In 1867, cold technology took another leap with the first refrigerated railroad car. The insulated car had ice bunkers at each end. Air came in at the top through vents, passed through the bunkers and then circulated throughout the car. Consequently, the first shipment of fresh fruit tested this system that same year. A shipment of fresh strawberries were packed into large chests that each contained 100 lbs. of ice and 200 quarts of berries. These chests were then loaded into one these new ice-bunker cars on the Illinois Central Railroad and delivered in good condition.

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However, ice as a refrigeration agent eventually became a health issue as sources of clean ice became harder and harder to find, especially around metropolitan areas. By the 1890s, natural ice was often tainted by pollution and sewage dumping. Again, necessity drove invention as improved technology provided the solution with mechanically manufactured ice, which totally changed the definition of refrigeration.

The brewery industry, with its deep financial resources, was the first to jump on this new artificial cold. Refrigeration enabled breweries to make a uniform product year-round. By 1891, nearly every brewery in the country was equipped with primitive but effective ammonia absorption refrigerating machines. Once the more efficient and less costly ammonia compression refrigerator system was perfected, Chicago meat-packers jumped off the ice wagon, so to speak, and were completely mechanized by 1914. I will spare the reader the details of why a compression refrigeration system is more efficient than ammonia vapor absorption—it just is.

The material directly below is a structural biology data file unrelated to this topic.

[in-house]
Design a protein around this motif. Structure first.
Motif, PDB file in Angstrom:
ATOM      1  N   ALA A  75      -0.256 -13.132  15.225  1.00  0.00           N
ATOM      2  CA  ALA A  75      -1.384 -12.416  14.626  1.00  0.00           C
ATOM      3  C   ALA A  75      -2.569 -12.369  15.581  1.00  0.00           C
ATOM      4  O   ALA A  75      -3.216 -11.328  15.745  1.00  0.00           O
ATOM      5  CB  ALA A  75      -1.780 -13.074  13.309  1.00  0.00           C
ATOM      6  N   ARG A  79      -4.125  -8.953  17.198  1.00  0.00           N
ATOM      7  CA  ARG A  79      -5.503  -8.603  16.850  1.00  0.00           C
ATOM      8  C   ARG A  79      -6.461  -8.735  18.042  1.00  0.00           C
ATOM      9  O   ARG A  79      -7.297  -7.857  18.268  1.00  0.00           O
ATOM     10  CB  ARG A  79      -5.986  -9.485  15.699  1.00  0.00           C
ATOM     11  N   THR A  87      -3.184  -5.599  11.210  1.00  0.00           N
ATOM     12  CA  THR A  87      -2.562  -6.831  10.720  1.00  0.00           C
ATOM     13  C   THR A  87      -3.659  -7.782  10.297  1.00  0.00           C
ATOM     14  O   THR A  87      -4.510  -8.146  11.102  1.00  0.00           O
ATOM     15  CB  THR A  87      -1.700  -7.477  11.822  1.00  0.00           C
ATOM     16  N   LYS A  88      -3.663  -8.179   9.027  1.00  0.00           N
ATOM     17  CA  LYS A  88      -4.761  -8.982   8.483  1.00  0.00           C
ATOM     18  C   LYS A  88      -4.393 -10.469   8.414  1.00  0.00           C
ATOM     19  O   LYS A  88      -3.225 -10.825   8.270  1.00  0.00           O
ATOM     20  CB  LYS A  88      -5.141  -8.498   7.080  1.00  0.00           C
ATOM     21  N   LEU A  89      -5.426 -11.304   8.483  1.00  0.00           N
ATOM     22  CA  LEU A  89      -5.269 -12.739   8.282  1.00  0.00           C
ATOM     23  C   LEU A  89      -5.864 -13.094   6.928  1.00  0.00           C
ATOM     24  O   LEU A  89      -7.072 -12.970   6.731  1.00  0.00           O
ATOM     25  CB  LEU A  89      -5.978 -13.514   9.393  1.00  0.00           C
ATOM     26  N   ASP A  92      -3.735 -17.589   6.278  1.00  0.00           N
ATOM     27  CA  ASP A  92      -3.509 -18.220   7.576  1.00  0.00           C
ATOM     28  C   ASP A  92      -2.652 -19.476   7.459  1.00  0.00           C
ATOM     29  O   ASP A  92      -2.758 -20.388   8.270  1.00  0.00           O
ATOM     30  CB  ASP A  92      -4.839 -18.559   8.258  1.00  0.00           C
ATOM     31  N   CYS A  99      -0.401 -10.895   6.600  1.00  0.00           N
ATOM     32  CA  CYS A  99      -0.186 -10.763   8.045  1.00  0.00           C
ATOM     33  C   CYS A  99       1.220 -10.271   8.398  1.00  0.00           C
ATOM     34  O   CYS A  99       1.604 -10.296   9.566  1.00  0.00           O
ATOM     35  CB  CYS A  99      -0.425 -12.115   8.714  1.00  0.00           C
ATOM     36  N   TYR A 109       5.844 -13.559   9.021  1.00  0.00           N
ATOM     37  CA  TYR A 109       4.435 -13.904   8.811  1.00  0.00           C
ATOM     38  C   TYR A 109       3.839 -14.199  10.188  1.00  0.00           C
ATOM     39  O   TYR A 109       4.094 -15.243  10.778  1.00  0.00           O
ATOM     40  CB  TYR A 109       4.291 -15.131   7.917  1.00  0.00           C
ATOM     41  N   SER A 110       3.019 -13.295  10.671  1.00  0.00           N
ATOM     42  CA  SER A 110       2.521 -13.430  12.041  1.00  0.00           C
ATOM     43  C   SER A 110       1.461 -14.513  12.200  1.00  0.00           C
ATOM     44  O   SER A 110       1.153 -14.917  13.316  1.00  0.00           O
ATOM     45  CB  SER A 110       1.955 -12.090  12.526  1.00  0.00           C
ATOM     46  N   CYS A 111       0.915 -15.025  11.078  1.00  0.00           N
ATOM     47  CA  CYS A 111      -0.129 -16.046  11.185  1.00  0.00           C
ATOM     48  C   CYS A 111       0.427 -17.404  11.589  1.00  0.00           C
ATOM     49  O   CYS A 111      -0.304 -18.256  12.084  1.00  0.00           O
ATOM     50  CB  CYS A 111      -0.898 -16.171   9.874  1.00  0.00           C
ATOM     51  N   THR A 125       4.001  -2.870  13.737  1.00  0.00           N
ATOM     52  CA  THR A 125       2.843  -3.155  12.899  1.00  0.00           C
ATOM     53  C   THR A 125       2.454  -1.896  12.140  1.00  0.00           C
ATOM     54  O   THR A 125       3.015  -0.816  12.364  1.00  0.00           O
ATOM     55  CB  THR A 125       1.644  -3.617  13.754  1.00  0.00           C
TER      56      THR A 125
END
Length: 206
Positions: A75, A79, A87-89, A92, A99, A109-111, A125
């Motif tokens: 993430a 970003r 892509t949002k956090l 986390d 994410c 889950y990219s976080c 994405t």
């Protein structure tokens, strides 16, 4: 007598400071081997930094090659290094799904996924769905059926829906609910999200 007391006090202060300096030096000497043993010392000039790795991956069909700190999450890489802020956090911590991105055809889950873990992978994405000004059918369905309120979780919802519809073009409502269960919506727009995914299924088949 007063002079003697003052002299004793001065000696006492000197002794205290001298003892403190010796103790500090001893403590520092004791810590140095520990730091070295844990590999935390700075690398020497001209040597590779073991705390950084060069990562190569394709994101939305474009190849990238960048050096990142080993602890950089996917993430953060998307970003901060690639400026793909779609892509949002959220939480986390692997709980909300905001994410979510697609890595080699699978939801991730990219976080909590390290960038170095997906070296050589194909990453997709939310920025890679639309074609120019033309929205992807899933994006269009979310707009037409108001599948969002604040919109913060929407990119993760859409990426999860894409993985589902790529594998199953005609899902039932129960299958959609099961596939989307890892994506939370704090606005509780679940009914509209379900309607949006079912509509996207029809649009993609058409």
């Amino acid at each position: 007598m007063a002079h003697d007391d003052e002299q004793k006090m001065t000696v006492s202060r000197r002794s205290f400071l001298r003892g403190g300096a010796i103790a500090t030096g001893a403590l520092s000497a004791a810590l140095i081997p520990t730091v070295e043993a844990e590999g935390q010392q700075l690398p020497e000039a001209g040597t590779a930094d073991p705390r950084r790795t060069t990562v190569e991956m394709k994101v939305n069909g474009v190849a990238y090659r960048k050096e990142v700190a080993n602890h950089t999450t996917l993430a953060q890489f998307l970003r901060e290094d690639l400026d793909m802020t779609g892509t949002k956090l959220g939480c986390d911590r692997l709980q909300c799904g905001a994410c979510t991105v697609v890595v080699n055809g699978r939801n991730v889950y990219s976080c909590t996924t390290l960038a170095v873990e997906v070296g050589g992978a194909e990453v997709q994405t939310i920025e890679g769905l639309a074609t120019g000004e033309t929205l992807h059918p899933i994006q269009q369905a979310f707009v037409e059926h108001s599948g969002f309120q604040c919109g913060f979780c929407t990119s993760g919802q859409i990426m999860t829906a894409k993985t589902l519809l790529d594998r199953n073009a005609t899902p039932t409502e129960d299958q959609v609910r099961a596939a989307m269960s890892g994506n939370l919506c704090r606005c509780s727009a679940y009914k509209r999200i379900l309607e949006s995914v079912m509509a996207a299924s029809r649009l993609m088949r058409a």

By the way, all these improvements in refrigeration technology were utilized for commercial endeavors almost exclusively. While much of large industry operated on mechanical refrigeration, the general public continued to get ice deliveries. The “ice box” and the door-to-door ice-wagon that supplied those boxes were very much a part of the American household right through WWI. As of 1920 only about 5,000 mechanical home refrigerators had been manufactured; a decade later that production had jumped to a million. However, it really was not until after WWII that the home refrigerator became truly commonplace in every American home.

That is, most of large industry had mechanical refrigeration with the exception of the fresh produce business. Trucks with an ice bunker at the front end, as well as bunkered rail cars, ruled the produce distribution pipeline through WWII. For cross country shipments, both modes of transportation required stops at several ice stations along the way to replace the melted blocks and became an industry unto itself. It wasn’t until 1949 that a mobile system made its way into the trucking industry by way of a patented roof-mounted cooling device. Still, because these units were inconsistent and not efficient enough to keep some perishable produce cool, icing stations continued to play a role in produce distribution for another few decades.